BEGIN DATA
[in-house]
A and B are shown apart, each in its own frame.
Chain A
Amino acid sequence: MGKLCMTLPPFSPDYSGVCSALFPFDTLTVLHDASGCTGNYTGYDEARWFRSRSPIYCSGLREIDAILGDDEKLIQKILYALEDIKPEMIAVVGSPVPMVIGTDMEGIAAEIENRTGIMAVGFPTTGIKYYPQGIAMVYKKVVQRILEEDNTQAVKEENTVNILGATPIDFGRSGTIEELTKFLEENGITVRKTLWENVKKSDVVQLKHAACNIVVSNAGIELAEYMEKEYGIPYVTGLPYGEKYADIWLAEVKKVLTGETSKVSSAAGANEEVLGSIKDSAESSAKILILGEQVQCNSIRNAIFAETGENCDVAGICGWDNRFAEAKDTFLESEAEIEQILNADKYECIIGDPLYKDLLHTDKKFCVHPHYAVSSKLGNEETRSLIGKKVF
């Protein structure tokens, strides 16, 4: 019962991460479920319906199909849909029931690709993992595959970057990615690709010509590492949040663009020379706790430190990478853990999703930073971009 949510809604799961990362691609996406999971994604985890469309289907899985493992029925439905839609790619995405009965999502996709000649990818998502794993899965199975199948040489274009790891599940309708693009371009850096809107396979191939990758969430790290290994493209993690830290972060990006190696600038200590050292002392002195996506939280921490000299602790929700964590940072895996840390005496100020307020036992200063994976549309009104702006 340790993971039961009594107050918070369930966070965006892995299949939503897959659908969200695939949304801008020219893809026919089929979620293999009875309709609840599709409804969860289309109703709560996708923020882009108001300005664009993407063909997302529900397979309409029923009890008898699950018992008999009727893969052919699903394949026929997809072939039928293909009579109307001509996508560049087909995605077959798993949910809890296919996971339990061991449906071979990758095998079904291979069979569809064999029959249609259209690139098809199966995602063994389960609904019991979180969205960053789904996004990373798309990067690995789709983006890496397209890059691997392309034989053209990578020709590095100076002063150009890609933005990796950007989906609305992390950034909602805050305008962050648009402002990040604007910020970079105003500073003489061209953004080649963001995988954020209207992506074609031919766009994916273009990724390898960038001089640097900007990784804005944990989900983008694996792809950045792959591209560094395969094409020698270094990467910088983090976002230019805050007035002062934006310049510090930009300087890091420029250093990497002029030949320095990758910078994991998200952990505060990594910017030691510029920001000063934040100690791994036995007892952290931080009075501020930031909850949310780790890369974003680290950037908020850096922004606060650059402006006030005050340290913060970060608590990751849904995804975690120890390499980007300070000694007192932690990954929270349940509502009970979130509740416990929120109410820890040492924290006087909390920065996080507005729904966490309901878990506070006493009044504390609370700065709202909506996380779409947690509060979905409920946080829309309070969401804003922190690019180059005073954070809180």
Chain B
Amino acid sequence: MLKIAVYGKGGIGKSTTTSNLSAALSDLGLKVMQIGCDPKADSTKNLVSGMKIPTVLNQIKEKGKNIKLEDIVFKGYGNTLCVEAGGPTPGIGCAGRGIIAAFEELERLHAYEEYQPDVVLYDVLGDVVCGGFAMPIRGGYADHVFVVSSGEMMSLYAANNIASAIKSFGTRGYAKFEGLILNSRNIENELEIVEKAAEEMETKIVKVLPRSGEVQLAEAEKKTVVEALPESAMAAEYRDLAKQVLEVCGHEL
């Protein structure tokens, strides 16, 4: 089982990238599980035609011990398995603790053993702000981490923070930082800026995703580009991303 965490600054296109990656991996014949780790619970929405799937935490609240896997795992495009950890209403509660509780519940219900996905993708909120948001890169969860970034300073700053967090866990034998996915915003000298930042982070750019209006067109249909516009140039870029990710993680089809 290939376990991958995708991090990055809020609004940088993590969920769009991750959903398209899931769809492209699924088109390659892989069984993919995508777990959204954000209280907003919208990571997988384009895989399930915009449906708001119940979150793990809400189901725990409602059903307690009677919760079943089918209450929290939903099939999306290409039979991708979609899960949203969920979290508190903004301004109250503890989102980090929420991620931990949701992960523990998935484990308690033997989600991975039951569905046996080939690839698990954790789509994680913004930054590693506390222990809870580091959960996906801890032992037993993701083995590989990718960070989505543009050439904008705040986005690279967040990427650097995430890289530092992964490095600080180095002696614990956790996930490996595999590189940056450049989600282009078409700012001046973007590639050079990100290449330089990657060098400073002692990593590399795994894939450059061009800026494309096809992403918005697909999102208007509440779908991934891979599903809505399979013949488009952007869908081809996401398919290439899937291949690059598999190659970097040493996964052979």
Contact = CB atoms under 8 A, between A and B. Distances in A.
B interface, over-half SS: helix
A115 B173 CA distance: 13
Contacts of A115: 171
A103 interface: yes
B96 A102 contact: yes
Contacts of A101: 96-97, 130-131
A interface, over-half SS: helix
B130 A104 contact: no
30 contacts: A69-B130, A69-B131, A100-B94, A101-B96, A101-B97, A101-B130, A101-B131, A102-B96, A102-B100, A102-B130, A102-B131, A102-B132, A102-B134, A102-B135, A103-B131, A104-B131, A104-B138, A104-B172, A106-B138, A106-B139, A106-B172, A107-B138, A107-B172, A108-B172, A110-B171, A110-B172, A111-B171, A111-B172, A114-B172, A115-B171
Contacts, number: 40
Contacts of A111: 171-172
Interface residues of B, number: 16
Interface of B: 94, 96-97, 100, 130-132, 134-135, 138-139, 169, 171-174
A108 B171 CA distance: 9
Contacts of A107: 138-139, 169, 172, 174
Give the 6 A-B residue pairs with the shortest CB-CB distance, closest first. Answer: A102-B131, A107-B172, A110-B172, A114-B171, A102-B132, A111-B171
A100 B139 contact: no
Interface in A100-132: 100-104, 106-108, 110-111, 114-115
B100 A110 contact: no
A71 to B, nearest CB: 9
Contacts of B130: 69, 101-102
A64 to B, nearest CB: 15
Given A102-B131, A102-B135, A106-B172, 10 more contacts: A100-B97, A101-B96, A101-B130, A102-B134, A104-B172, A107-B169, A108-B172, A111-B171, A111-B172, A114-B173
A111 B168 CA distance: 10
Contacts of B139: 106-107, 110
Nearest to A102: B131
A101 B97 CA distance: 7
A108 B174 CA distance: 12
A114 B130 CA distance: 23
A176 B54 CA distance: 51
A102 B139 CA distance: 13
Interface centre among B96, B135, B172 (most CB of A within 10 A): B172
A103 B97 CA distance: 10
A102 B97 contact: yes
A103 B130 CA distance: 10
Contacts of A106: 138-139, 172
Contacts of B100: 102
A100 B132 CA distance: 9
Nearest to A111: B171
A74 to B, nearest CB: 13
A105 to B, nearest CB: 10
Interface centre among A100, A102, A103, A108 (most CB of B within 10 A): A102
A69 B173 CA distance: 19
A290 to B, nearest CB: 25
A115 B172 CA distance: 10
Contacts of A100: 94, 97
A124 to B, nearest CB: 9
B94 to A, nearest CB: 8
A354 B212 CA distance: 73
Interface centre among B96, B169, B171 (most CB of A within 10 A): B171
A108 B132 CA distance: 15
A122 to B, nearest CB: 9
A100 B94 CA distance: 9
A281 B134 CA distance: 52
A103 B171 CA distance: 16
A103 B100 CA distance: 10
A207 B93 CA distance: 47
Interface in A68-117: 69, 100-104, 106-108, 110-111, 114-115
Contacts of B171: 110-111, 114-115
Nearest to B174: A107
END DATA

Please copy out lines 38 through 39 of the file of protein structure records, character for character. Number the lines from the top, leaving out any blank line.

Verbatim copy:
A114 B130 CA distance: 23
A176 B54 CA distance: 51